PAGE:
• Q&A

Q&A: Kopecky Family Band’s Kelsey Kopecky

written by: on October 16, 2012

Kopecky Family Band is a six-piece outfit from Nashville that blends pop-rock with a touch of the orchestral. Though not technically related, Gabe, Kelsey, Steven, Corey, Markus, and David are as close as family. On the way to New Orleans, frontwoman Kelsey Kopecky spoke to Pop ‘stache about the band’s upcoming album, Kids Raising Kids.

Pop ‘stache: Kids Raising Kids will be released Oct. 23. What can we expect from it?

Kelsey Kopecky: Well, we’ve been a band for five years now, so it’s definitely a more mature compilation of our songs and a reflection of our growth as a band. Musically, it ranges from more poppy, fun songs to the more intricate, instrumental melodies.

P ‘s: Where did the title come from?

KK: Initially, the title came from an idea Markus had. He has a little girl named Ella who’s three and a half and it made us think, it was just that idea of young people having kids. After we started playing with the idea, we realized it was more than that.

At heart, we’re all kids raising kids in this world. We’re all in this together with this sharing of experiences.

P ‘s: Are the songs on the album bits and pieces that you’ve worked on since the band formed, or did you start working on them after you took a break from touring?

KK: Well, we never stopped songwriting. I think the majority, if not all, of the songs were created in the last year, year and a half, so they all feel really relevant.

P ‘s: I heard that the video for your new single “Heartbeat” had a budget of only $9. Is that accurate?

KK: Kind of. It was like $30 because we had to buy a tripod and some tennis balls, but yeah, it was really low-budget. I think we all share that love for the visual element of our music and that’s why we decided to do it ourselves. I think it turned out great.

P ‘s: Who came up with the dance moves for the video?

KK: Gabe and I came up with it together. I was actually very impressed with the seriousness of Gabe’s dancing. He had it down, but we were just cracking up the whole time, it was really fun.

P ‘s: On a more serious note, what inspires your music?

KK: A lot of things. I think it’s mostly life, love, emotion. We write about anything that moves us and I think that’s kind of the inspiration, just whatever comes into our path.

P ‘s: In what ways would you like to grow as a musician?

KK: From a creative perspective, I’m being inspired by all different types of people, whether they’re rock climbers, poets, politicians, or whatever. I’m just inspired by the goodness in other people and I hope that’s reflected in my art.

From a craftsmanship or technical standpoint, I hope to keep flirting with instruments and just not be afraid to pick up something I’ve never played.

P ‘s: What’s one instrument that you’d like to learn to play?

KK: I guess I’d like to learn the drums more. I can do basic beats, but I’ve always wanted to learn better drum skills.

P ‘s: Tell me about your songwriting process.

KK: Every song was created differently. Sometimes he’ll write a whole song or I will and sometimes Gabe and I write the whole thing together, but the nature of the band has become more vulnerable with our time together.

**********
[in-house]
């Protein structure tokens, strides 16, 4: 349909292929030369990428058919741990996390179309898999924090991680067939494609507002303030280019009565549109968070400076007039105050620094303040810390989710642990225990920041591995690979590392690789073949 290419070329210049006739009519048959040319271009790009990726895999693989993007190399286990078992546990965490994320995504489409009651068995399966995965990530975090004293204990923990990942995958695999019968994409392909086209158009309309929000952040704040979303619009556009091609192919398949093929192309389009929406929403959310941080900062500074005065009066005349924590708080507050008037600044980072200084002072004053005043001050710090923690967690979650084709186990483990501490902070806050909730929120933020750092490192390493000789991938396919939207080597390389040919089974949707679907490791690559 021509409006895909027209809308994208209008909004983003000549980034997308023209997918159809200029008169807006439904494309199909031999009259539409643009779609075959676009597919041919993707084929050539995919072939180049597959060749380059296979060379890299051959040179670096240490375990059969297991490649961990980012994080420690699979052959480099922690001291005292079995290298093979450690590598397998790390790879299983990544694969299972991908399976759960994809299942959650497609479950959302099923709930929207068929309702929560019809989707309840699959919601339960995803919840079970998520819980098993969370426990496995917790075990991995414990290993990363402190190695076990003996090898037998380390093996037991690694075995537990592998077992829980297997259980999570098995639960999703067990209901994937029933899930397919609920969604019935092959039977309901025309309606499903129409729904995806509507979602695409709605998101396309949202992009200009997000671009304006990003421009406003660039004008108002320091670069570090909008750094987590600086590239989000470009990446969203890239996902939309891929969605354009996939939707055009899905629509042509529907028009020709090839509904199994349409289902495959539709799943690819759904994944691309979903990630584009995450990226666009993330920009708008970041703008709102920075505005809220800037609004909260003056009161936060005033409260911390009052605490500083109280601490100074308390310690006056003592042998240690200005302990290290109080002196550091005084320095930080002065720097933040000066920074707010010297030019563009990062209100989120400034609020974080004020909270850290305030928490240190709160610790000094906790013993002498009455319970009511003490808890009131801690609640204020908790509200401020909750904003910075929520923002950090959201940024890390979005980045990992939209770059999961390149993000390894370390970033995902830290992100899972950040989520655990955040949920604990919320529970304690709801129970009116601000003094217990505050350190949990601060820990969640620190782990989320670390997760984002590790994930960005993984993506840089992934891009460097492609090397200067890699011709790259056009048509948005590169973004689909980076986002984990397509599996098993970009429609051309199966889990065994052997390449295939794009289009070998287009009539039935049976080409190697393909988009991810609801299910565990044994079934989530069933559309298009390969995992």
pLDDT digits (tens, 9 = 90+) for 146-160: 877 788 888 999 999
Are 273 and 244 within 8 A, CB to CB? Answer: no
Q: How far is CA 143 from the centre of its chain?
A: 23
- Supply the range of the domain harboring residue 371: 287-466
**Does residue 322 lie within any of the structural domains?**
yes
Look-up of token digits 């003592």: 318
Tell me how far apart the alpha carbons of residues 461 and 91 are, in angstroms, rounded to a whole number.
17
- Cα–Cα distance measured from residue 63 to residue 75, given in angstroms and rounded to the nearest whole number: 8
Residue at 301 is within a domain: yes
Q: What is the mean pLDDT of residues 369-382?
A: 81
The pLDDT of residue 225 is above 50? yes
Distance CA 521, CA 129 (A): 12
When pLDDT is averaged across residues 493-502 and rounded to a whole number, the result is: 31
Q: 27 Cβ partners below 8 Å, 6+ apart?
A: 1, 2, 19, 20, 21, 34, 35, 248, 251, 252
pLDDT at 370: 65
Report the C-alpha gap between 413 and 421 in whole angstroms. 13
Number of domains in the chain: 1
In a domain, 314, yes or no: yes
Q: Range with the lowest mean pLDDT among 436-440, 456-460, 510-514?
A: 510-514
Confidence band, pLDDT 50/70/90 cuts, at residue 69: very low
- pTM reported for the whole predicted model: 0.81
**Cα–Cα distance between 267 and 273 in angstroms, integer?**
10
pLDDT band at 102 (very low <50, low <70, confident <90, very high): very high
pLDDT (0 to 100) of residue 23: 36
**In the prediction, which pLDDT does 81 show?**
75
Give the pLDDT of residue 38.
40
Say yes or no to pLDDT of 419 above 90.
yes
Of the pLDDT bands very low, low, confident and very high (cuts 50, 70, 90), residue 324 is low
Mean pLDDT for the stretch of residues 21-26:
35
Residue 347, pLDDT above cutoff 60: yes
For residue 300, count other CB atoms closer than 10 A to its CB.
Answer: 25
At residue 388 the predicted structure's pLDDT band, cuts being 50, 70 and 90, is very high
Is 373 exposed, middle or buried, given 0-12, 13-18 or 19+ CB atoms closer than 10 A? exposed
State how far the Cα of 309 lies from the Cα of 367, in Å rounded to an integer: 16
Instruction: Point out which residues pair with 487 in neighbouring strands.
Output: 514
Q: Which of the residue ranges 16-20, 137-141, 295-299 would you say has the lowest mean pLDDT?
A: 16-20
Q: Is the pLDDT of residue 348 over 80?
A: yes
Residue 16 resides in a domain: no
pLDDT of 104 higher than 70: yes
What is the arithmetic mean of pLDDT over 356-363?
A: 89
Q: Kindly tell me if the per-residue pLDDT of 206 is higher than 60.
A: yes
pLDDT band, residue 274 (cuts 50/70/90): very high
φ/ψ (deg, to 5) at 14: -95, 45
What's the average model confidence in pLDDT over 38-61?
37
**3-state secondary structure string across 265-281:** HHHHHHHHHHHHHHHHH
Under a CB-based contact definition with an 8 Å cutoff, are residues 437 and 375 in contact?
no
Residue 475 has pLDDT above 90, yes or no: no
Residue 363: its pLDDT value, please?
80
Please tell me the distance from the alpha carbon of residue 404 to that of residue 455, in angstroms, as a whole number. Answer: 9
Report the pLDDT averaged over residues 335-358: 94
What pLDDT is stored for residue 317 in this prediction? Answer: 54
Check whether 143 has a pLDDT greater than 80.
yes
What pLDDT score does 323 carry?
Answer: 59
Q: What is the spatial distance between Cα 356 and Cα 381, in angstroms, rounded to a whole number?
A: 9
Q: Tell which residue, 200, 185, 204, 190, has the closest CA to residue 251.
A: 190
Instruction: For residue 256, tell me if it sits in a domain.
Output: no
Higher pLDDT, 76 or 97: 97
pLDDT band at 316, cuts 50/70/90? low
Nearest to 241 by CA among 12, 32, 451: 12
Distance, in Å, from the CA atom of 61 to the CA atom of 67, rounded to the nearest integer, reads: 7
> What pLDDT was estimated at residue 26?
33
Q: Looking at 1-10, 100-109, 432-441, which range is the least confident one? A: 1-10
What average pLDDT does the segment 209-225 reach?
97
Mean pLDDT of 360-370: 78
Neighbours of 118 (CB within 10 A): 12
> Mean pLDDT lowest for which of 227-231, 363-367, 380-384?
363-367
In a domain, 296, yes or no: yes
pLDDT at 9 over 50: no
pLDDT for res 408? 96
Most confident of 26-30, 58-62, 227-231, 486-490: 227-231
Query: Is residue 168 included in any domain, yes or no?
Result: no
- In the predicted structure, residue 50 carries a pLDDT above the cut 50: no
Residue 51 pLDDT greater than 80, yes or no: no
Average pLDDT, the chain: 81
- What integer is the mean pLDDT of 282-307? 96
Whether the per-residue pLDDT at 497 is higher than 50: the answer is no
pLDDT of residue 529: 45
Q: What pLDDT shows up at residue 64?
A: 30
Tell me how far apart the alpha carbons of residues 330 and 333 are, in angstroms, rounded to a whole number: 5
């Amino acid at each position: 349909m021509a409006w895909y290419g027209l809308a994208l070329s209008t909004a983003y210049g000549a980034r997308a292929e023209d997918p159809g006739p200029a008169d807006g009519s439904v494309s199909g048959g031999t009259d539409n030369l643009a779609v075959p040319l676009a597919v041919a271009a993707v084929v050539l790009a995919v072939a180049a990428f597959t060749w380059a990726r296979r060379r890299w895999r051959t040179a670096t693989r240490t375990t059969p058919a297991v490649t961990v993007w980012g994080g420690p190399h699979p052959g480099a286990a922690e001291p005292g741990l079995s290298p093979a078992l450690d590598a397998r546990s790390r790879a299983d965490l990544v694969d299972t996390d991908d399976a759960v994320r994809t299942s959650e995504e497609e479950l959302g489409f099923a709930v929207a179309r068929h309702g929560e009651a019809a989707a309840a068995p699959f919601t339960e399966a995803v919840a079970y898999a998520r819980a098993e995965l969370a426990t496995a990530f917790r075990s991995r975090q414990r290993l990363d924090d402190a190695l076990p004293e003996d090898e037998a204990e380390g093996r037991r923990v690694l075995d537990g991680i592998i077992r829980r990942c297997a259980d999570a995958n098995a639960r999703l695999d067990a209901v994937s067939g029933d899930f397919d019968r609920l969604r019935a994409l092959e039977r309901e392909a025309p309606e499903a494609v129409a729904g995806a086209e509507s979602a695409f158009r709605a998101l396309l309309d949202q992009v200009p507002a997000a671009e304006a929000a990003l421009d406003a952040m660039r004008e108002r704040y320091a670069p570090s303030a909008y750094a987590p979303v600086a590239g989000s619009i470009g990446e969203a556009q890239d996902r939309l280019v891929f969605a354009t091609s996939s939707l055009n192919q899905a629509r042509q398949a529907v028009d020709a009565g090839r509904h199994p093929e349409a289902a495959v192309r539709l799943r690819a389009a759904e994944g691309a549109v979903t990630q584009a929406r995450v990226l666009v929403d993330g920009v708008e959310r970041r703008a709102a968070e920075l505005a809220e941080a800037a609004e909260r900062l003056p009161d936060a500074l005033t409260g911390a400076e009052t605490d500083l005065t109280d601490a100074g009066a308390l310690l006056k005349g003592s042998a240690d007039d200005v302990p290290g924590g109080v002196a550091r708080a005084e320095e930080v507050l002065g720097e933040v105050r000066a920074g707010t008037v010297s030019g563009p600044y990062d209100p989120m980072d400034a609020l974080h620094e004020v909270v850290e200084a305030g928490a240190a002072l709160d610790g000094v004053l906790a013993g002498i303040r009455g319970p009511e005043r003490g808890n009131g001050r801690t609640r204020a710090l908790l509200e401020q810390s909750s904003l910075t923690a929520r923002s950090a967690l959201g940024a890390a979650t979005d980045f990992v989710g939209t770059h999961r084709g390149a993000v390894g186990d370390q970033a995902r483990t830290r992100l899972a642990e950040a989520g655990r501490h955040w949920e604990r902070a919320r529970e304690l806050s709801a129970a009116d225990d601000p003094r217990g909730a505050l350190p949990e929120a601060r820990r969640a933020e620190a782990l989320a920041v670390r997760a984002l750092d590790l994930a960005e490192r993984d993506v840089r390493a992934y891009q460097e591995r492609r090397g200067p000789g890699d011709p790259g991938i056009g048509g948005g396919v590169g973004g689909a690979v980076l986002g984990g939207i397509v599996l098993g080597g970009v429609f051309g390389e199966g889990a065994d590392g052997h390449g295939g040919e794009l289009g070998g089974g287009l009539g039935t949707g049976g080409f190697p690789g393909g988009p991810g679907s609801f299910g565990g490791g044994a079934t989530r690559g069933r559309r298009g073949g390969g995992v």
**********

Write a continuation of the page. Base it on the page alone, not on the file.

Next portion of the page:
P ‘s: What do you mean by “vulnerable?”

KK: When you create a song, I always feel like it’s channeling your thesis. It’s like your real self, your creative self that you’re not hiding. Normally, you wouldn’t share your real thoughts, frustrations, sadness, whatever.

When you’re creating music, if you can tap into the truth and tap into those innermost feelings, I feel like that’s where the creativity really lies.

P ‘s: One of the cool aspects of your band is that you incorporate instruments like cello and trombone into your music. How does that fit into the songwriting process?

KK: Normally, all those instruments like trombone, cello, and any additional instruments –I play ukulele and we all dabble in a lot of different things – come into play after we have the structure of a song down, then we add that melodic instrumentation to the back bone. The beauty of this band is that we don’t have any rules. We’ll all just trade instruments or decide to pass the bass around. When we work on something, we’ll just say, “Well, the sky’s the limit with this song.”

P ‘s: What do you think is the best work you’ve done?

KK: How we love each other despite our challenges on the road and how when we don’t see eye to eye on something, we’ve really learned how to consider each others’ opinions. I think that’s the most amazing thing, because with this whole being in a band thing, the journey is the destination. Each part of the journey is more fun with people you love.

P ‘s: How do you make fans “part of the family”?

KK: I think first and foremost it happens because of the music. Then, when we meet people that like our music, we’re so flattered and thankful that they like us and show up to hear us and buy our records. We’ve become friends with so many people over the years. Our family is always growing.

P ‘s: What was your favorite part of creating Kids Raising Kids?

KK: The nature of that record is all the little memories. Each song is kind of a time capsule. I’ll listen to it and remember, “Oh, we started that song when we were in L.A.,” or, “Oh, we wrote this one after we got to see Dave Matthews, that was so much fun.”

Every song on there is a scrapbook of memories with my best friends. These guys have seen me in the most growing part of my life. I’m 26 now so when we started out I was only 21. So much has happened since then, so it’s cool that when I look back and show my kids, I’ll have so many stories to tell.